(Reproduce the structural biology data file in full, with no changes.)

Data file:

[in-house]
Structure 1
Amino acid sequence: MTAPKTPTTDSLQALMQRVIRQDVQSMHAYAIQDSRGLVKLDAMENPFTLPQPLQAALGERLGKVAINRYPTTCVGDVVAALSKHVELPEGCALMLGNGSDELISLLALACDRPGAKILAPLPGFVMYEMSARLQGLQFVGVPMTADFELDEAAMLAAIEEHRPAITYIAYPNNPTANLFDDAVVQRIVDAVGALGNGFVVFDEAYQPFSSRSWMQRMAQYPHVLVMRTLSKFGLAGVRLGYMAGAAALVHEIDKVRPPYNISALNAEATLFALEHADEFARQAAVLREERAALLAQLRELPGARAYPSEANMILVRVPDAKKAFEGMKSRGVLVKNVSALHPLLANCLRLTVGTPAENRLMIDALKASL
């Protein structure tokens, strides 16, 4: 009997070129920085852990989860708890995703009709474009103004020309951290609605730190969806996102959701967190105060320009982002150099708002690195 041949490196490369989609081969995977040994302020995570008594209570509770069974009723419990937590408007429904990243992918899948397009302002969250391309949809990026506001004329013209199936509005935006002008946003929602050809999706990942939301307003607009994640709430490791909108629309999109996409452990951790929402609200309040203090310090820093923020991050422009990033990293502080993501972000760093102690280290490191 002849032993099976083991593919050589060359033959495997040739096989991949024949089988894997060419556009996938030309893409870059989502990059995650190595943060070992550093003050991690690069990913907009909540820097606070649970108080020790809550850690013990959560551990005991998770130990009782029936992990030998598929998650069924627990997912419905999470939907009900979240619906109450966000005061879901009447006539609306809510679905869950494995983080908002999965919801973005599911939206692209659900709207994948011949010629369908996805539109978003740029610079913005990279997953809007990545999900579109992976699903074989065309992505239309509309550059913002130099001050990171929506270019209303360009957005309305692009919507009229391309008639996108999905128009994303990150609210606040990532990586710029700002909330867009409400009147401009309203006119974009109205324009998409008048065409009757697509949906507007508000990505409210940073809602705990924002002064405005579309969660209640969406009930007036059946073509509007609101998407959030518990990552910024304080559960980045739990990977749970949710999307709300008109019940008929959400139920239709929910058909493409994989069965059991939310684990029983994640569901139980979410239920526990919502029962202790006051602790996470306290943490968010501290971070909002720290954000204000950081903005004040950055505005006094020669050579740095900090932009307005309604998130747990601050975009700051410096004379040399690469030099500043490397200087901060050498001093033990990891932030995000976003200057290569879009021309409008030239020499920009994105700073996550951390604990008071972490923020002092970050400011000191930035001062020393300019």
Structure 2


[in-house]
Structure 1
Amino acid sequence: MTAPKTPTTDSLQALMQRVIRQDVQSMHAYAIQDSRGLVKLDAMENPFTLPQPLQAALGERLGKVAINRYPTTCVGDVVAALSKHVELPEGCALMLGNGSDELISLLALACDRPGAKILAPLPGFVMYEMSARLQGLQFVGVPMTADFELDEAAMLAAIEEHRPAITYIAYPNNPTANLFDDAVVQRIVDAVGALGNGFVVFDEAYQPFSSRSWMQRMAQYPHVLVMRTLSKFGLAGVRLGYMAGAAALVHEIDKVRPPYNISALNAEATLFALEHADEFARQAAVLREERAALLAQLRELPGARAYPSEANMILVRVPDAKKAFEGMKSRGVLVKNVSALHPLLANCLRLTVGTPAENRLMIDALKASL
């Protein structure tokens, strides 16, 4: 009997070129920085852990989860708890995703009709474009103004020309951290609605730190969806996102959701967190105060320009982002150099708002690195 041949490196490369989609081969995977040994302020995570008594209570509770069974009723419990937590408007429904990243992918899948397009302002969250391309949809990026506001004329013209199936509005935006002008946003929602050809999706990942939301307003607009994640709430490791909108629309999109996409452990951790929402609200309040203090310090820093923020991050422009990033990293502080993501972000760093102690280290490191 002849032993099976083991593919050589060359033959495997040739096989991949024949089988894997060419556009996938030309893409870059989502990059995650190595943060070992550093003050991690690069990913907009909540820097606070649970108080020790809550850690013990959560551990005991998770130990009782029936992990030998598929998650069924627990997912419905999470939907009900979240619906109450966000005061879901009447006539609306809510679905869950494995983080908002999965919801973005599911939206692209659900709207994948011949010629369908996805539109978003740029610079913005990279997953809007990545999900579109992976699903074989065309992505239309509309550059913002130099001050990171929506270019209303360009957005309305692009919507009229391309008639996108999905128009994303990150609210606040990532990586710029700002909330867009409400009147401009309203006119974009109205324009998409008048065409009757697509949906507007508000990505409210940073809602705990924002002064405005579309969660209640969406009930007036059946073509509007609101998407959030518990990552910024304080559960980045739990990977749970949710999307709300008109019940008929959400139920239709929910058909493409994989069965059991939310684990029983994640569901139980979410239920526990919502029962202790006051602790996470306290943490968010501290971070909002720290954000204000950081903005004040950055505005006094020669050579740095900090932009307005309604998130747990601050975009700051410096004379040399690469030099500043490397200087901060050498001093033990990891932030995000976003200057290569879009021309409008030239020499920009994105700073996550951390604990008071972490923020002092970050400011000191930035001062020393300019």
Structure 2